Bugsy Malone (1976)

Year

Certificate

U

Length

93 mins

Director

Rating

  3/53/53/53/53/5

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Bugsy Bugs Me

Suddenly everybody wants to be in show business - Tallulah

Jodie Foster as Tallulah in Bugsy Malone

A gangster movie starring children, it's a novel idea which could work. And to be honest for about the first 20 minutes "Bugsy Malone" does work with plenty of amusement coming from children acting like gangsters straight out of the prohibition era, gang warfare involving Splurge guns and a surprising amount of musical numbers. But sadly the novelty wears off and where as the children acting like gangsters is amusing, the high pitched voices and dodgy accents becomes annoying as does the ultimately pointless storyline. What remains is some catchy tunes and musical scenes as well as a performance from Jodie Foster as Tallulah which stands out from the rest.

There is a turf war going on and local boss Fat Sam (John Cassisi) finds his empire under attack from new comer Dandy Dan (Martin Lev) who unleashes their new weapon, the Splurge gun, on Sam and his henchmen. In the midst of this turf war is Bugsy Malone (Scott Baio) who having met wannabe singer and actress Blousey Brown (Florrie Dugger) promises that he will get her a job at Fat Sam's bar. But whilst Bugsy and Blousey hit it off the vampish Tallulah (Jodie Foster - Taxi Driver) has her sights set on Bugsy. And to make matters worse Bugsy finds himself being drawn into the turf war as Fat Sam employs him.

Okay so the big selling point when it comes to "Bugsy Malone" is that we have a gangster story acted out by children. That actual gangster story isn't really that special and reminds me of the more recent "The Cotton Club". So what you get is one boss being threatened by a new boss in town who is trying to take over his business by any means necessary, which usually means attacking his men with Splurge guns. And accompanying this is the story of Bugsy Malone himself, a ladies man who falls for wannabee starlet Blousey Brown but finds himself drawn into the trouble thanks to mob boss Fat Sam and Tallulah. It is shall we say a very simple storyline and in a way you don't expect it to be any more complex because "Bugsy Malone" is all about filling kids imagination with thoughts of being gangsters.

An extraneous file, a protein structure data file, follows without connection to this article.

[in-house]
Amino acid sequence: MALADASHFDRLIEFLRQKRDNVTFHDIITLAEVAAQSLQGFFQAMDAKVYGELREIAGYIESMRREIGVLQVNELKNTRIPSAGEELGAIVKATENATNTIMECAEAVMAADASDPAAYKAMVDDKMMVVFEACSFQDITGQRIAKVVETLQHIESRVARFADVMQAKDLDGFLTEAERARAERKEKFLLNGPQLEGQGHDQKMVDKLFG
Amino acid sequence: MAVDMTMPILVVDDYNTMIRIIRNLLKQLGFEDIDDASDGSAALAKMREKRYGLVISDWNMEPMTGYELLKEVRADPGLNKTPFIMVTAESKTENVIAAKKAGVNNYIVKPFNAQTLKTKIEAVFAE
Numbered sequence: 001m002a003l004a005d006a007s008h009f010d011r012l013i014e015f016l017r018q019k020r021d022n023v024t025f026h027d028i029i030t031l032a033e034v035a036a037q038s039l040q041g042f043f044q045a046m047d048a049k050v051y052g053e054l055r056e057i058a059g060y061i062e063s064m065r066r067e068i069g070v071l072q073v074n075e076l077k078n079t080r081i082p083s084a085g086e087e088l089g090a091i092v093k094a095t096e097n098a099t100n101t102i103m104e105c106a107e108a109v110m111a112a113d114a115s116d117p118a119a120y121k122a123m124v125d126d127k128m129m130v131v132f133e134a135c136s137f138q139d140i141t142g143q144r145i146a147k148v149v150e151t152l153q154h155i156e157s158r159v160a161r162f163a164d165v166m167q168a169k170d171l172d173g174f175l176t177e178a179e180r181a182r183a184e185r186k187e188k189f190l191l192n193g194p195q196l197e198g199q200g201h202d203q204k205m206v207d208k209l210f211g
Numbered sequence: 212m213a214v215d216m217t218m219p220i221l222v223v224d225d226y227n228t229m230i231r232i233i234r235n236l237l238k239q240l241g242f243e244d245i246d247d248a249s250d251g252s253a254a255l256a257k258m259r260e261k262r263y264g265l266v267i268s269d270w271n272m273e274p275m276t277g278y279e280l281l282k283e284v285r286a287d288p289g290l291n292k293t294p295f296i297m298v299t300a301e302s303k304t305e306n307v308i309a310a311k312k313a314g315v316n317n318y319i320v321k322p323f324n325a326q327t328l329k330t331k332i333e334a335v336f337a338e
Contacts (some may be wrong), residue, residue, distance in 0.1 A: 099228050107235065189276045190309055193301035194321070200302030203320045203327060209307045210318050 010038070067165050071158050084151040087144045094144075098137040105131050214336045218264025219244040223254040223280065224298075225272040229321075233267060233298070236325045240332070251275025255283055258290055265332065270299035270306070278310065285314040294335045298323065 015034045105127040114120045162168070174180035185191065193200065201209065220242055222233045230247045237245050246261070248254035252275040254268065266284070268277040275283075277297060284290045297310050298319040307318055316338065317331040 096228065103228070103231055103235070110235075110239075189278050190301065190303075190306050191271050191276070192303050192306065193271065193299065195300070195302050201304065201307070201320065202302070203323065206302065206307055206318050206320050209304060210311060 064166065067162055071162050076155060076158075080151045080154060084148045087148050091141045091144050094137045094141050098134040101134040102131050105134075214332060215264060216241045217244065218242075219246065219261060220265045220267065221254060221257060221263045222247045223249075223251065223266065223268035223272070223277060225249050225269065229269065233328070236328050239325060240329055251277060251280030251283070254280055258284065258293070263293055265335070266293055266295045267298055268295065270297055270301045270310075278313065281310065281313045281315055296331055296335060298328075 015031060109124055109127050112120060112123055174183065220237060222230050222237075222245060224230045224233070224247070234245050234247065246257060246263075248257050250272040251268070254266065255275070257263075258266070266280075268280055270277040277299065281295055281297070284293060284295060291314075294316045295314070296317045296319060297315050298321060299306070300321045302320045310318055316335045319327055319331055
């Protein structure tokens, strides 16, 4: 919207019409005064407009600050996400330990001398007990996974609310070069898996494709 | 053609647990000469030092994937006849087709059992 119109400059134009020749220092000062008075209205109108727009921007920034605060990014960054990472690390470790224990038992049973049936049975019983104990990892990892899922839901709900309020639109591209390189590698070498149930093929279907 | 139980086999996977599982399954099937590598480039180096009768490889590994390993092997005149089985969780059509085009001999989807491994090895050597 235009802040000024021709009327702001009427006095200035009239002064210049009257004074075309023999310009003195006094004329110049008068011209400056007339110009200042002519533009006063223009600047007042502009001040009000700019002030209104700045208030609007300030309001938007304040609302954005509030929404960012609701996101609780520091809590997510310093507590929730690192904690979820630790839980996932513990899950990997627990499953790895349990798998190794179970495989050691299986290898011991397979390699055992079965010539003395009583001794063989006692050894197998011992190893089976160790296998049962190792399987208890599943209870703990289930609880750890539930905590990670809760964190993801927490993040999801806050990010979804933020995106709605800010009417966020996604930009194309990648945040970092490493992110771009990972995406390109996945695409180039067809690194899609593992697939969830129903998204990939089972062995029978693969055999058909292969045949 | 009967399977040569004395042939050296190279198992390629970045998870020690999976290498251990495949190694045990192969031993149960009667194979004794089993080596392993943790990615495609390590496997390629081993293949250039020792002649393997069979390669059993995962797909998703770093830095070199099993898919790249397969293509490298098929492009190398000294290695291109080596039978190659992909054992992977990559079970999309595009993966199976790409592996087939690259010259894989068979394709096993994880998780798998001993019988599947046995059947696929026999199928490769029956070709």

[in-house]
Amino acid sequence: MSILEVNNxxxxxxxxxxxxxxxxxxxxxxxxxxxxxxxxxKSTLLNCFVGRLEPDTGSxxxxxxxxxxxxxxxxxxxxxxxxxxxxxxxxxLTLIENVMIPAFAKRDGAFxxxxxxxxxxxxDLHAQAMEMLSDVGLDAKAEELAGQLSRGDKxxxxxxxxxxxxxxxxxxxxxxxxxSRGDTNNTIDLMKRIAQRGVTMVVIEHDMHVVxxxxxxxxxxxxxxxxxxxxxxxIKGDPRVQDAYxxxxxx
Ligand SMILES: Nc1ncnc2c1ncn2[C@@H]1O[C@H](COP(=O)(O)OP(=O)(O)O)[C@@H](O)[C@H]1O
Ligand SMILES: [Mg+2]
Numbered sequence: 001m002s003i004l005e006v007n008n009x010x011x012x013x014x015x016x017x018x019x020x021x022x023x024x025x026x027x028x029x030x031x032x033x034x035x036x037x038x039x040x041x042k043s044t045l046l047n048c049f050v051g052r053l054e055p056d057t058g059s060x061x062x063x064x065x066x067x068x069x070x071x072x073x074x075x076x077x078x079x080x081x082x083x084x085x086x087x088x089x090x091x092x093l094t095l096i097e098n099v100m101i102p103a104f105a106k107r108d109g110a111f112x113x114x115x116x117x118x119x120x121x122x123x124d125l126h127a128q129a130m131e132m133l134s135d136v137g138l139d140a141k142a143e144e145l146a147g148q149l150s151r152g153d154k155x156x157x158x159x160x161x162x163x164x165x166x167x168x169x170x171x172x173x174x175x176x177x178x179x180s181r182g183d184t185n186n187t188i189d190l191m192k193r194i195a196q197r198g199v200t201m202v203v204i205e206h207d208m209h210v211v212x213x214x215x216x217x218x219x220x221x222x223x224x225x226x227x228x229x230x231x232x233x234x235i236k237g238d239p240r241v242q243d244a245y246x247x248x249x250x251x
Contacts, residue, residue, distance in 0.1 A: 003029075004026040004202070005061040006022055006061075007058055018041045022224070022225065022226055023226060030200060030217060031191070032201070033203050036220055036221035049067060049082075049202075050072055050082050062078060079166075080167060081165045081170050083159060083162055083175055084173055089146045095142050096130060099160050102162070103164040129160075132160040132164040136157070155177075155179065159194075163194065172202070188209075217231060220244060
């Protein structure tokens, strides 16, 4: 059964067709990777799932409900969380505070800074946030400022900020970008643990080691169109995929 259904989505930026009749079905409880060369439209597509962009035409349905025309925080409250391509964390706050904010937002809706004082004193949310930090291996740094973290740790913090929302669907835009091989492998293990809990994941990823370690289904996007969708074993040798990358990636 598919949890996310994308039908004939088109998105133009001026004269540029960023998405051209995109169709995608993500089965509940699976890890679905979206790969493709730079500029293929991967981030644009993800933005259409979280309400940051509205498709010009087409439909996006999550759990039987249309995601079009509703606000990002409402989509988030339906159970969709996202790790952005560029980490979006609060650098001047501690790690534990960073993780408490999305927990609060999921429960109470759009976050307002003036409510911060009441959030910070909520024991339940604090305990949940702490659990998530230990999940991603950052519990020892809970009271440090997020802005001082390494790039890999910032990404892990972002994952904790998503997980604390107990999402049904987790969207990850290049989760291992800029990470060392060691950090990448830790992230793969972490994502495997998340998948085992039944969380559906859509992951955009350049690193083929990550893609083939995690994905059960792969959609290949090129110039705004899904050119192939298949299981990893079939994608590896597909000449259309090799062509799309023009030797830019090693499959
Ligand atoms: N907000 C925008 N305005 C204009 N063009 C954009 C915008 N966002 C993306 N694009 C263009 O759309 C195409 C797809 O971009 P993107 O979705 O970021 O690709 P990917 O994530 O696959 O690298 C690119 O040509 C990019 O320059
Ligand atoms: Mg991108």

John Cassisi as Fat Sam in Bugsy Malone

What makes the movie more interesting is the various musical numbers which litter the proceedings. Now it has to be said that some musical numbers are much better than others, the solemn song sung by the cleaner at Fat Sam's bar is really nice and the whole song and dance numbers such as "My Name is Tallulah" and "So You Wanna be a Boxer" are a couple of the best parts of the movie. But there are some such as "You Give a Little Love" which don't work and the reason why some of the musical numbers are better than others is down to how well the young stars manage to act out the songs. Jodie Foster looks like she is really singing "My Name is Tallulah" but sadly every time that Florrie Dugger has a musical number it feels lifeless and false.

But the big selling point when it comes to "Bugsy Malone" is that this is a gangster movie featuring children and as such adapted into a child's world. And as already mentioned that novelty works to start with but after about 20 minutes it wears off. The trouble is that the children such as Florrie Dugger, Martin Lev and John Cassisi all create amusing characters especially Cassisi as Fat Sam but the amusement fades and some of them end up becoming annoying with their dodgy accents. Even Scott Baio as Bugsy Malone ends up grating with all the over the top slickness and false mannerisms. Now maybe director Alan Parker wanted almost caricature like characters and encouraged the young actors to go over the top but for me it ruined what started out so well.

On the other hand there is Jodie Foster as Tallulah who just shines through out the movie. To put it simply Foster delivers every aspect of a confident actress who knows what her character is about. There is no over acting just scene after scene of solid acting and in those musical numbers she brings every ounce of a 1920s showgirl to her performance, flirting with her audience in an astonishingly great way. It is very much Jodie Foster's performance which for me keeps "Bugsy Malone" an average movie rather than one which is less than average.

What this all boils down to is that "Bugsy Malone" starts well but the novelty of children as gangsters soon wears thin. And as such the weaknesses in the movie from the simple storyline and over acting start to really show. It is mainly down to some memorable musical numbers and an astonishingly good performance from a young Jodie Foster which makes "Bugsy Malone" an entertaining but average movie.